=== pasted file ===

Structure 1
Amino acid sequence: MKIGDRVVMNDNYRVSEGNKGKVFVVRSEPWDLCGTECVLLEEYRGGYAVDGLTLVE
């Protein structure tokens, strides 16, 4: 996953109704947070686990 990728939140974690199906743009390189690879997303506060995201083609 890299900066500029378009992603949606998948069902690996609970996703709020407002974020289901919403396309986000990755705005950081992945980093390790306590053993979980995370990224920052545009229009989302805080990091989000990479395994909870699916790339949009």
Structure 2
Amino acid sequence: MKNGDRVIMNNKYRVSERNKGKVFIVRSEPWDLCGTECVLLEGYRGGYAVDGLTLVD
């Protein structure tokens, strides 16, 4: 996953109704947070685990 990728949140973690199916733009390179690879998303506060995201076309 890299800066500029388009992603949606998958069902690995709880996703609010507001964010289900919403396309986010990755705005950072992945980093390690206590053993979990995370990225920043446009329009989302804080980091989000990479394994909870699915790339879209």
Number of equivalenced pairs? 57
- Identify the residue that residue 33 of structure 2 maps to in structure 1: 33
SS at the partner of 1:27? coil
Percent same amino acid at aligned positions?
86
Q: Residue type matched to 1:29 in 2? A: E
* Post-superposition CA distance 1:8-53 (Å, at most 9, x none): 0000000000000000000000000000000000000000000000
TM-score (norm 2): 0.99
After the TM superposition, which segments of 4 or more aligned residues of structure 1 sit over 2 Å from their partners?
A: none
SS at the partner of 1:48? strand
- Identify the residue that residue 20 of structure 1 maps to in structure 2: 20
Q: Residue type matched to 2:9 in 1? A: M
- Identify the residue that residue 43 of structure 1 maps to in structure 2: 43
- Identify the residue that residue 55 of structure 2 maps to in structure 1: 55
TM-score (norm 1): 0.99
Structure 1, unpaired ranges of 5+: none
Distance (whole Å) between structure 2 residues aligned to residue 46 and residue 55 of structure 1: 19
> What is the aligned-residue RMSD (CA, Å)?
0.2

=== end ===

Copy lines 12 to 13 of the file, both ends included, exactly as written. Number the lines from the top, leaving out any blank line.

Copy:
Q: Residue type matched to 1:29 in 2? A: E
* Post-superposition CA distance 1:8-53 (Å, at most 9, x none): 0000000000000000000000000000000000000000000000